Jan. 8, 1998
Vol. 17, No. 7

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    BSLC named in honor of Donnelleys

    The Biological Sciences Learning Center has been named in honor of Dorothy and Gaylord Donnelley, who for 50 years have been among the University's most significant supporters.

    Gifts from the Donnelleys to the University over the past half-century total more than $25 million, including those received from the Gaylord and Dorothy Donnelley Foundation after Mr. Donnelley's death in 1992. The Donnelley family's involvement with the University runs through four generations.

    President Sonnenschein noted that many of the Donnelley gifts were made with specific requests for anonymity or with little public fanfare.

    "The time has come to recognize in a significant way the extraordinary contributions made by this remarkable family over a century of involvement with the University of Chicago," Sonnenschein said. "Only a few families -- the Rockefellers and the Swifts among them -- have had such an especially close, multi-generational relationship with the University. The gifts, the energy, and the dedication of Dorothy and Gaylord and of their forebears and descendants have benefited the University in countless ways. I am extremely pleased that we can acknowledge their good works in this way."

    The Donnelleys have supported virtually every part of the University, including the College, the Humanities, the Medical Center, the Library, Court Theatre, the Smart Museum of Art and the Divinity School. During the Campaign for the Next Century, the Donnelley family created a multimillion dollar challenge fund to encourage other donors to endow scholarships to help undergraduate students attend the University.

    Gaylord's grandfather, Richard R. Donnelley, founder of the R. R. Donnelley & Sons printing firm, began the family's tradition of service to the University when he served as Treasurer of the University of Chicago Press. Thomas Donnelley, Gaylord's father, was a University Trustee from 1909 until 1938, and Gaylord Donnelley was a Trustee from 1947 until his death in 1992. Dorothy Donnelley is a member of the Women's Board.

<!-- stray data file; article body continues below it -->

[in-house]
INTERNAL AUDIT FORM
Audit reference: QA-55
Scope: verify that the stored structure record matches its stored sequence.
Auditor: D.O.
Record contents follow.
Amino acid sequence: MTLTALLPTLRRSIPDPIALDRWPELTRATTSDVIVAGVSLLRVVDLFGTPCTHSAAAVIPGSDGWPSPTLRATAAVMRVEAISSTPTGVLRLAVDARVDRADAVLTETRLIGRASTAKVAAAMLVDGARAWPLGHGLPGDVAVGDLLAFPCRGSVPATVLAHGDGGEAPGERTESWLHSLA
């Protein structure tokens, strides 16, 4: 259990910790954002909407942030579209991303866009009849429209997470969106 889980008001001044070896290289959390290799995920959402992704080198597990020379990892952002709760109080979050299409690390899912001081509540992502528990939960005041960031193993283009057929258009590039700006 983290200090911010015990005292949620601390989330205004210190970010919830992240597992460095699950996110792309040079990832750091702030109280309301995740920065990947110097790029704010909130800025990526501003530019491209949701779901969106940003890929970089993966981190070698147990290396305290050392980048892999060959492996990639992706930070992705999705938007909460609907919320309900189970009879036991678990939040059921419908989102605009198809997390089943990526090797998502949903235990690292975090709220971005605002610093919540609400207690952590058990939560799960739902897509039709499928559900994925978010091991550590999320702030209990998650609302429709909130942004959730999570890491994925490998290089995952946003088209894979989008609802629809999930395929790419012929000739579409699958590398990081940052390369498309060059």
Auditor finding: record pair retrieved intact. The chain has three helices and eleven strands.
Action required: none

Dorothy and Gaylord Donnelley's son, Strachan, is a University Trustee and president of the Hastings Center, an independent research and education institute that often collaborates with University faculty on projects in biomedical ethics and the environment. Gaylord's nephew James Donnelley (M.B.A.'62) is on the Visiting Committee to the Library, and James' wife, Nina Donnelley, serves on the Women's Board and the Visiting Committee to the Divinity School. Dorothy's nephew George Ranney Jr. (J.D.'66) is a Trustee, and her brother, George Ranney, is a Life Trustee.

    The Dorothy and Gaylord Donnelley Biological Sciences Learning Center, which opened in October 1993 after five years of planning, is the fulfillment of Chicago's mission to develop a unique, high-tech "one-room schoolhouse" for teaching and research in biology. The facility is used to educate undergraduate and graduate students at all levels in biology and medicine and to encourage interdisciplinary approaches to biological and medical study.

    The Dorothy and Gaylord Donnelley Biological Sciences Learning Center adjoins the Jules F. Knapp Medical Research Building. The Knapp Research Building houses the Institute for Molecular Medicine, a research organization composed of five centers that unite biochemists, cellular and molecular biologists, geneticists and immunologists.

    At 228,693 square feet and five stories, the Donnelley Learning Center and Knapp Research Building constitute the second largest building complex on campus.